• In most cases, a client-server architecture enables the roles and responsibilities of a computing system to be distributed among several independent computers that are known to each other only through a network, so one of advantages of this model is greater ease of maintenance. For example, it is possible to replace, repair, upgrade, or even relocate a server while its clients remain both unaware and unaffected by that change. This independence from change is also referred to as encapsulation.
  • All the data is stored on the servers, which generally have better security controls than most clients. Servers can better control access and resources, to guarantee that only those clients with the appropriate permissions may access and change data.
  • Since data storage is centralized, updates to that data are much easier to administrators than what would be possible under a P2P architecture. Under a P2P architecture, data updates may need to be distributed and applied to each "peer" in the network, which is both time-consuming and error-prone, as there can be thousands or even millions of peers.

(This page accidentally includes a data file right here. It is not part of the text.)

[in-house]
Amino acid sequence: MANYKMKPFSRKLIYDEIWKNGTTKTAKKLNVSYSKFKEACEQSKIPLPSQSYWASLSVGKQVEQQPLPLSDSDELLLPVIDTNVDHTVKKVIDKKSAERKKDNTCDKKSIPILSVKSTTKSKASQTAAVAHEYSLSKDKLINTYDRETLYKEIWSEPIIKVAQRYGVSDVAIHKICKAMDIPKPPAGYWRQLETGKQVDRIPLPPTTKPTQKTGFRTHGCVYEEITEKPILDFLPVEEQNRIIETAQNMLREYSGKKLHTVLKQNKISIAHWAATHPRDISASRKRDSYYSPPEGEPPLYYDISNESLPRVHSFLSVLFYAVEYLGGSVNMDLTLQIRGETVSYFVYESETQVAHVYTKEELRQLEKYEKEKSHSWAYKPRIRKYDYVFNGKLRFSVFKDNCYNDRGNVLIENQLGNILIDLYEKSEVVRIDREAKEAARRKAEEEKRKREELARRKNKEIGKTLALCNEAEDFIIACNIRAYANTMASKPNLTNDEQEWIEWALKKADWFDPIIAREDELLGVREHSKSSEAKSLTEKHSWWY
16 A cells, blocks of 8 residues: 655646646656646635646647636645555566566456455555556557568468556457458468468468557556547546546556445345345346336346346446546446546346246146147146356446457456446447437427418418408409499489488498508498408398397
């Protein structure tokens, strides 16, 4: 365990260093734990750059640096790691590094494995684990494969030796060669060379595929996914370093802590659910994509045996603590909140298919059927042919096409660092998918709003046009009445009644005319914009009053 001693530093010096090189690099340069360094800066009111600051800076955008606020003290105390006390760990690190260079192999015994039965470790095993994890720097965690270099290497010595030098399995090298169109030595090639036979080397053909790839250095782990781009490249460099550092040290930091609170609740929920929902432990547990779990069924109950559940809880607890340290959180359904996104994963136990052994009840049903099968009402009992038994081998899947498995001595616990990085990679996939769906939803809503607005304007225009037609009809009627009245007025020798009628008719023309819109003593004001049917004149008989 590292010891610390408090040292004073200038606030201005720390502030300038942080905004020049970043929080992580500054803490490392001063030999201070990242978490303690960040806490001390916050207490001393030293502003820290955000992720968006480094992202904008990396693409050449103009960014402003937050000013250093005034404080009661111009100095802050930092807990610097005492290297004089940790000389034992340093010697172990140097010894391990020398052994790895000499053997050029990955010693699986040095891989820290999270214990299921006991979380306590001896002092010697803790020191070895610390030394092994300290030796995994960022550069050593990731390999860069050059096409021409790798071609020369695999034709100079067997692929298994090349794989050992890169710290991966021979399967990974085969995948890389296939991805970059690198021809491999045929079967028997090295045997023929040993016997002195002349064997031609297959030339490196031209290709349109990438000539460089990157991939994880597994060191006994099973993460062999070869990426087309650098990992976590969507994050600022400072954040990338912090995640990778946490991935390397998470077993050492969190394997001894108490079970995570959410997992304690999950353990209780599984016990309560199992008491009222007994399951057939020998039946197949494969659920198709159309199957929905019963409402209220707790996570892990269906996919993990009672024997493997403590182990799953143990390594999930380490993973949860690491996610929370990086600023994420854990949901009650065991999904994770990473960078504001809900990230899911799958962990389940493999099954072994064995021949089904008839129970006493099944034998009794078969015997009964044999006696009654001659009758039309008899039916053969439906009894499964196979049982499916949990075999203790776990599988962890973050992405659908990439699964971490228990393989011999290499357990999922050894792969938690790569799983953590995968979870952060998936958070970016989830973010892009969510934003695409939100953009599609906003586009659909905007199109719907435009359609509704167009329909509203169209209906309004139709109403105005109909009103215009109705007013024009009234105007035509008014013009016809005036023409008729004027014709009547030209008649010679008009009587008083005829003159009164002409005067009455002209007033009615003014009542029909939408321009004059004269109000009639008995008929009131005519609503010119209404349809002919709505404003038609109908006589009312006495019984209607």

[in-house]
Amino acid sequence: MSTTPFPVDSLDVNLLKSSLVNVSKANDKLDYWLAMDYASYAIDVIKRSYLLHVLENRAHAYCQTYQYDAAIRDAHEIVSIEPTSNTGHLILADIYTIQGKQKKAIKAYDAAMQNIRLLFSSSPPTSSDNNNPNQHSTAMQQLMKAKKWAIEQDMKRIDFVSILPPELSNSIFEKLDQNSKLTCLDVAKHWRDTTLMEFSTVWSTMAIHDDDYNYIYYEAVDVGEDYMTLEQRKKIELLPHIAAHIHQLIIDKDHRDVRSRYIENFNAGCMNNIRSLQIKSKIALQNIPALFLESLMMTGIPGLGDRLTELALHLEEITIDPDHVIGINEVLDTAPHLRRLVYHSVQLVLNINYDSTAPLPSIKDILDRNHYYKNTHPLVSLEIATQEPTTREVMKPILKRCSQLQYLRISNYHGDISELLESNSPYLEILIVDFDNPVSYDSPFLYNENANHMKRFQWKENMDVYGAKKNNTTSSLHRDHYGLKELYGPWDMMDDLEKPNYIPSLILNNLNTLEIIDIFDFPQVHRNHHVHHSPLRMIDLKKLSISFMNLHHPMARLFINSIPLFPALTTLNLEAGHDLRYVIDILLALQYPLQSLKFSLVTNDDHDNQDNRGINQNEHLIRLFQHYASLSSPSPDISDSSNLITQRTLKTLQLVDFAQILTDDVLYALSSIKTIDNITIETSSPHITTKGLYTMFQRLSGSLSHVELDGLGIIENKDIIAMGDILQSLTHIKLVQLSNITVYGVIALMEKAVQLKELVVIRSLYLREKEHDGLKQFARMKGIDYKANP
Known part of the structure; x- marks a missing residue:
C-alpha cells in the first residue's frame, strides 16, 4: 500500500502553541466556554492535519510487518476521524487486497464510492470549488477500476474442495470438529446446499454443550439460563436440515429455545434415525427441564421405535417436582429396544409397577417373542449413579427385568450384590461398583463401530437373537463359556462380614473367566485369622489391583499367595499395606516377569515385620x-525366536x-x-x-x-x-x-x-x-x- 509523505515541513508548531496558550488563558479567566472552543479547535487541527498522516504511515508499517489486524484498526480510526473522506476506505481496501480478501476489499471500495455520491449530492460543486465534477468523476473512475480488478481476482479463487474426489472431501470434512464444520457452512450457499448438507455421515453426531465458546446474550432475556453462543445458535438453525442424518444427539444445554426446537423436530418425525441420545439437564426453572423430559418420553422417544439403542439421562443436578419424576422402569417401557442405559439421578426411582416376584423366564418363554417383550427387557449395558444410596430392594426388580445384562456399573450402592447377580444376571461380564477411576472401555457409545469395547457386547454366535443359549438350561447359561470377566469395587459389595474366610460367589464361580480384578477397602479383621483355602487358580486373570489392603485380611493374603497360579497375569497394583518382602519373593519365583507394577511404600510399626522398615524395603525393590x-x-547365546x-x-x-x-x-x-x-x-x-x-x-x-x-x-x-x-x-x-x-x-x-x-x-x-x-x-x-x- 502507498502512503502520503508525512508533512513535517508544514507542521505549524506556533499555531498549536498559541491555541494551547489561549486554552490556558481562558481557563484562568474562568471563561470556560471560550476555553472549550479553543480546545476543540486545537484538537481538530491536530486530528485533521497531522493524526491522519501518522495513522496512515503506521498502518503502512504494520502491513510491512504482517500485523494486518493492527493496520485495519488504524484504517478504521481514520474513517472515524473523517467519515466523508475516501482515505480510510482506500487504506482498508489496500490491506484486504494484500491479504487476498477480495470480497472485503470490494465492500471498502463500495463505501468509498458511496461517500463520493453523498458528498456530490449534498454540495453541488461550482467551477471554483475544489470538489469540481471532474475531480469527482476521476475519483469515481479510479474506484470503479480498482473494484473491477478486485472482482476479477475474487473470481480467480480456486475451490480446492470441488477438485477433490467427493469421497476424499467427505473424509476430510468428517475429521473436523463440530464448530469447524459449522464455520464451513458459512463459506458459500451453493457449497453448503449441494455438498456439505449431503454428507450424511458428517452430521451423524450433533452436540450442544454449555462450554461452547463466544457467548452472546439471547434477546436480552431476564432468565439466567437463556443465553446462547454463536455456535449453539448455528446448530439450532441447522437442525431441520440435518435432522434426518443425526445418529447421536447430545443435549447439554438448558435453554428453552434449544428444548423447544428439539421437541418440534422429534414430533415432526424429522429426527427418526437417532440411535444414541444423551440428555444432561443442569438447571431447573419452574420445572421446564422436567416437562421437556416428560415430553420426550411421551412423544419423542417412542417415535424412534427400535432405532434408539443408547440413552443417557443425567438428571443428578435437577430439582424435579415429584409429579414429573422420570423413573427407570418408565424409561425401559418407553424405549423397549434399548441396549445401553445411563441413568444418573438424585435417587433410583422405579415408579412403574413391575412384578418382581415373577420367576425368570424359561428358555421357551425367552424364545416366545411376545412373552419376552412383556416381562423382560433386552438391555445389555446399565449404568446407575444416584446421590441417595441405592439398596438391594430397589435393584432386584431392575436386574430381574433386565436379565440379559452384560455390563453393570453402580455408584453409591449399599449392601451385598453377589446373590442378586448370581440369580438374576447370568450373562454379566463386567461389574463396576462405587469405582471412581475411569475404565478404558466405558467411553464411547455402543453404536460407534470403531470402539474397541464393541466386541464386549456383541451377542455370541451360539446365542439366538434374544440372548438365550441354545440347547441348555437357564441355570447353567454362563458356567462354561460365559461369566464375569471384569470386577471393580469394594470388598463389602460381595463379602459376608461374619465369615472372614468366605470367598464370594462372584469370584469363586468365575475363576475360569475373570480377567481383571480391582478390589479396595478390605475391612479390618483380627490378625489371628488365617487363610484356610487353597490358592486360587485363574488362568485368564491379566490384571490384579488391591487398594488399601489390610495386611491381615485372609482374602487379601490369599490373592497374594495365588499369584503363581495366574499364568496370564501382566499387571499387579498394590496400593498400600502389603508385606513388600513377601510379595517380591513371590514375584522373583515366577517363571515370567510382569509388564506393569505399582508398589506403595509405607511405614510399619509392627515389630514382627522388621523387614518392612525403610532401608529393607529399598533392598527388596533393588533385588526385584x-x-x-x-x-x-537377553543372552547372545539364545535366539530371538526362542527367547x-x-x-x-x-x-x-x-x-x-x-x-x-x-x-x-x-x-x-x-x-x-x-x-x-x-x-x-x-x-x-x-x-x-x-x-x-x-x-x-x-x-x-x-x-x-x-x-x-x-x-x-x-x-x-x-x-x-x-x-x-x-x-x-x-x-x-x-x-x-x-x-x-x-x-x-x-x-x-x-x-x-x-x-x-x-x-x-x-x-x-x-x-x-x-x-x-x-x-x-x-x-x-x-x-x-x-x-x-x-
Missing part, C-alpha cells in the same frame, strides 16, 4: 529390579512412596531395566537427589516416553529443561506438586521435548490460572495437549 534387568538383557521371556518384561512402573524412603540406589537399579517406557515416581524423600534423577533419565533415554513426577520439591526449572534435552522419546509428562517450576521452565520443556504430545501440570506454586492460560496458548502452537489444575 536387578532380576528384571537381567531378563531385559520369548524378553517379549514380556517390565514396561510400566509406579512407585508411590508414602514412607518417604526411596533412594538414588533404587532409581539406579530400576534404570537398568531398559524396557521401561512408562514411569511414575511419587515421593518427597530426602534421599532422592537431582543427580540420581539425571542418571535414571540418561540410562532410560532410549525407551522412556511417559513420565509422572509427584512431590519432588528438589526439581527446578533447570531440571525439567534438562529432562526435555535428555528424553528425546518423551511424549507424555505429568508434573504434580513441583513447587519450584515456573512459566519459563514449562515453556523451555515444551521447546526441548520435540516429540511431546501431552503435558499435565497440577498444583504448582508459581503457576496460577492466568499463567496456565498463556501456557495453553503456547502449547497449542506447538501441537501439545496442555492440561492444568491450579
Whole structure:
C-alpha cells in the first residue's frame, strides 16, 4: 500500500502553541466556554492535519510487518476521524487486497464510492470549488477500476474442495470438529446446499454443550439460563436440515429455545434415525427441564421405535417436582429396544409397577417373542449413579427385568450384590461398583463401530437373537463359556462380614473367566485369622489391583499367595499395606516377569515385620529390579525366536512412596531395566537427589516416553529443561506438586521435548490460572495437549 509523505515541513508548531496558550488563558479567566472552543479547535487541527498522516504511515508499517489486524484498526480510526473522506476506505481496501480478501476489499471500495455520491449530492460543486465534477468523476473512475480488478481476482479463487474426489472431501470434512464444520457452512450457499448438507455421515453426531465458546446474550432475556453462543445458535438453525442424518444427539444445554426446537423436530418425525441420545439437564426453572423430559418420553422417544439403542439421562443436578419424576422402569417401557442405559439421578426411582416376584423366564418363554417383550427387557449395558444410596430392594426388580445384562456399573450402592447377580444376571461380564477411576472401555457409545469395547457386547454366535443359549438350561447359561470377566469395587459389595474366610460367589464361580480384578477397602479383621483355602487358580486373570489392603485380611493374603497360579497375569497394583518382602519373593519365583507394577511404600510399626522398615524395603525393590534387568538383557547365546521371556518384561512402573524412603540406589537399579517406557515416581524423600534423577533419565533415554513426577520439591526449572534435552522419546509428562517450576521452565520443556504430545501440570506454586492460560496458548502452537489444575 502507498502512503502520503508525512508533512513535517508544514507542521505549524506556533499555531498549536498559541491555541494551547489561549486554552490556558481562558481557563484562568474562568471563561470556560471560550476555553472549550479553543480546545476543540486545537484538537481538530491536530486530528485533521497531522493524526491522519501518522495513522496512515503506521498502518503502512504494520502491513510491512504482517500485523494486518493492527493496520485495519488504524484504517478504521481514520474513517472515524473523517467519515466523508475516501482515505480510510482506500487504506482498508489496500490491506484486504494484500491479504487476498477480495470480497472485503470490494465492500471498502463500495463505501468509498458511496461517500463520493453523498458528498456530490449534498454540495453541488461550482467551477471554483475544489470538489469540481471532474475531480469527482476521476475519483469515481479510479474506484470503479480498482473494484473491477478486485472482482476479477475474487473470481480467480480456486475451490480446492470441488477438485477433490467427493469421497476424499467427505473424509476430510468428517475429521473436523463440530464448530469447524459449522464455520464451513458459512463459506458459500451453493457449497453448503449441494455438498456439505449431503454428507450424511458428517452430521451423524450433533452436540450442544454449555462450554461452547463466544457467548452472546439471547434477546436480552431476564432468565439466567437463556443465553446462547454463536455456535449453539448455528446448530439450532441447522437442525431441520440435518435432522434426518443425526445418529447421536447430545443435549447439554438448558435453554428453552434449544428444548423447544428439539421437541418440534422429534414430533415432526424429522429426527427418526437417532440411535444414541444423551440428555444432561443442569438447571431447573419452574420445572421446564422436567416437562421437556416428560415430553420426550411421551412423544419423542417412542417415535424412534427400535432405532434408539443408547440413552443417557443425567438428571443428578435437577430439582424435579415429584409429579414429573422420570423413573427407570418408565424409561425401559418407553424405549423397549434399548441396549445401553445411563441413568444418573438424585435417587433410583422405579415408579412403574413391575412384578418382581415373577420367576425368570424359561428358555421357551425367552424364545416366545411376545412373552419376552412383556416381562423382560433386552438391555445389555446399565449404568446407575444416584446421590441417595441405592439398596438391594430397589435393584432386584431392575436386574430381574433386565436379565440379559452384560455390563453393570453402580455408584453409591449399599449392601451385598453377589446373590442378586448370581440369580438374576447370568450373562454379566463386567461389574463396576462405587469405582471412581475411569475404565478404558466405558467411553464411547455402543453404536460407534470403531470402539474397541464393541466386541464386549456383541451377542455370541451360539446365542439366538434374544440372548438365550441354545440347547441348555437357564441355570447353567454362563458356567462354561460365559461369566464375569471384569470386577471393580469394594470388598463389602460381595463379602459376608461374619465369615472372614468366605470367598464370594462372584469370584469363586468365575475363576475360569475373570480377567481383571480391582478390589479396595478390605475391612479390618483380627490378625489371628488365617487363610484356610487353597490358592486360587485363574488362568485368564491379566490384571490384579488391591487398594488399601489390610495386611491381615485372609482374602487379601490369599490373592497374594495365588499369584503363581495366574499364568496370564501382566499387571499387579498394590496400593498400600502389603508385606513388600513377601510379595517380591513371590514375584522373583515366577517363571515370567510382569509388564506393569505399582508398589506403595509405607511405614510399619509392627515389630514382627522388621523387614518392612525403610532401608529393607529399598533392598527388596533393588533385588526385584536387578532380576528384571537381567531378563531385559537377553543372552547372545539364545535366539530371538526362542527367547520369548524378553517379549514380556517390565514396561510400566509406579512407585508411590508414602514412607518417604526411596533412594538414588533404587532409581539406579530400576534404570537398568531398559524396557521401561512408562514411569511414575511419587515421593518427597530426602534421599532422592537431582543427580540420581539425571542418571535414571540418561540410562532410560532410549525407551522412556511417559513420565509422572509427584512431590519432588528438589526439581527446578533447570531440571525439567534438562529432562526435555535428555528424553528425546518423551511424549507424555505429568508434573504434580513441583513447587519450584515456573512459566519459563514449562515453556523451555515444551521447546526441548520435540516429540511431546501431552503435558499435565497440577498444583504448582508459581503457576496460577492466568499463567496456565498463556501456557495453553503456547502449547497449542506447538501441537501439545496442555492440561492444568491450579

• Many advanced client-server technologies are already available which were designed to ensure security, user friendly interfaces, and ease of use.
  • It works with multiple different clients of different specifications.

Disadvantages

  • Networks traffic blocking is one of the problems related to the client-server model. As the number of simultaneous client requests to a given server increases, the server can become overloaded. Contrast that to a P2P network, where its bandwidth actually increases as more nodes are added, since the P2P network's overall bandwidth can be roughly computed as the sum of the bandwidths of every node in that network.
  • Comparing client-server model to the P2P model, if one server fail, clients’ requests cannot be served but in case of P2P networks, servers are usually distributed among many nodes. Even if one or more nodes fail, for example if a node failed to download a file the remaining nodes should still have the data needed to complete the download.

Examples

Other pages

  • Inter-server
  • Push technology
  • Pull technology
  • Servent
  • Standalone server